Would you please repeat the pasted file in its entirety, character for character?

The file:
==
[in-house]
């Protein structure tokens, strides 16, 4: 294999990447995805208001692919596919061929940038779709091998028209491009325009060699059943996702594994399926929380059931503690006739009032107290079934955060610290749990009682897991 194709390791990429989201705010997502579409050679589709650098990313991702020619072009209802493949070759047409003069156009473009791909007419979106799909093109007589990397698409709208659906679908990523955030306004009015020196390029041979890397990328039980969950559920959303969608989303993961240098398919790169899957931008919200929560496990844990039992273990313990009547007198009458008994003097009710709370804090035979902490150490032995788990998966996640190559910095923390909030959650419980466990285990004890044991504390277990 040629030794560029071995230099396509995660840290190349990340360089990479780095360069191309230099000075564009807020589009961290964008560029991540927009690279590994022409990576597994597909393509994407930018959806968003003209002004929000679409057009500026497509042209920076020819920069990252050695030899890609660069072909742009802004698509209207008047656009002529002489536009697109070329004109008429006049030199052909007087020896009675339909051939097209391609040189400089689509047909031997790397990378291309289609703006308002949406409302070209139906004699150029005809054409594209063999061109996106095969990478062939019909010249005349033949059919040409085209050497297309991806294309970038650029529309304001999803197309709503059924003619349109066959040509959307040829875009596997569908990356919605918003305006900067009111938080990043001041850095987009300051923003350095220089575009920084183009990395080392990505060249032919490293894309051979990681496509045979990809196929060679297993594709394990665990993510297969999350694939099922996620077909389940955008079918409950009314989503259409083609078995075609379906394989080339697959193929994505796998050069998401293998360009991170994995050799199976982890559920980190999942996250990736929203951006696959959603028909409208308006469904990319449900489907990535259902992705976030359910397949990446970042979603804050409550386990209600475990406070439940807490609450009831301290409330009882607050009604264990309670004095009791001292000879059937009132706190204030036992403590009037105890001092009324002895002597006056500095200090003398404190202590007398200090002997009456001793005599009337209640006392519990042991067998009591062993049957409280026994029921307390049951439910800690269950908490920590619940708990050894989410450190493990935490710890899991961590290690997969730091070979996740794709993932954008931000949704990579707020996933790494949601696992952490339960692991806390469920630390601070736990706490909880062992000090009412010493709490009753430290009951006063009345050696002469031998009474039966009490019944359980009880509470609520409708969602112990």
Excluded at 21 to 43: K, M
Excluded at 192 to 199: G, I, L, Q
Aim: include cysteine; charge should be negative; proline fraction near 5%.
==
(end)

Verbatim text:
[in-house]
């Protein structure tokens, strides 16, 4: 294999990447995805208001692919596919061929940038779709091998028209491009325009060699059943996702594994399926929380059931503690006739009032107290079934955060610290749990009682897991 194709390791990429989201705010997502579409050679589709650098990313991702020619072009209802493949070759047409003069156009473009791909007419979106799909093109007589990397698409709208659906679908990523955030306004009015020196390029041979890397990328039980969950559920959303969608989303993961240098398919790169899957931008919200929560496990844990039992273990313990009547007198009458008994003097009710709370804090035979902490150490032995788990998966996640190559910095923390909030959650419980466990285990004890044991504390277990 040629030794560029071995230099396509995660840290190349990340360089990479780095360069191309230099000075564009807020589009961290964008560029991540927009690279590994022409990576597994597909393509994407930018959806968003003209002004929000679409057009500026497509042209920076020819920069990252050695030899890609660069072909742009802004698509209207008047656009002529002489536009697109070329004109008429006049030199052909007087020896009675339909051939097209391609040189400089689509047909031997790397990378291309289609703006308002949406409302070209139906004699150029005809054409594209063999061109996106095969990478062939019909010249005349033949059919040409085209050497297309991806294309970038650029529309304001999803197309709503059924003619349109066959040509959307040829875009596997569908990356919605918003305006900067009111938080990043001041850095987009300051923003350095220089575009920084183009990395080392990505060249032919490293894309051979990681496509045979990809196929060679297993594709394990665990993510297969999350694939099922996620077909389940955008079918409950009314989503259409083609078995075609379906394989080339697959193929994505796998050069998401293998360009991170994995050799199976982890559920980190999942996250990736929203951006696959959603028909409208308006469904990319449900489907990535259902992705976030359910397949990446970042979603804050409550386990209600475990406070439940807490609450009831301290409330009882607050009604264990309670004095009791001292000879059937009132706190204030036992403590009037105890001092009324002895002597006056500095200090003398404190202590007398200090002997009456001793005599009337209640006392519990042991067998009591062993049957409280026994029921307390049951439910800690269950908490920590619940708990050894989410450190493990935490710890899991961590290690997969730091070979996740794709993932954008931000949704990579707020996933790494949601696992952490339960692991806390469920630390601070736990706490909880062992000090009412010493709490009753430290009951006063009345050696002469031998009474039966009490019944359980009880509470609520409708969602112990």
Excluded at 21 to 43: K, M
Excluded at 192 to 199: G, I, L, Q
Aim: include cysteine; charge should be negative; proline fraction near 5%.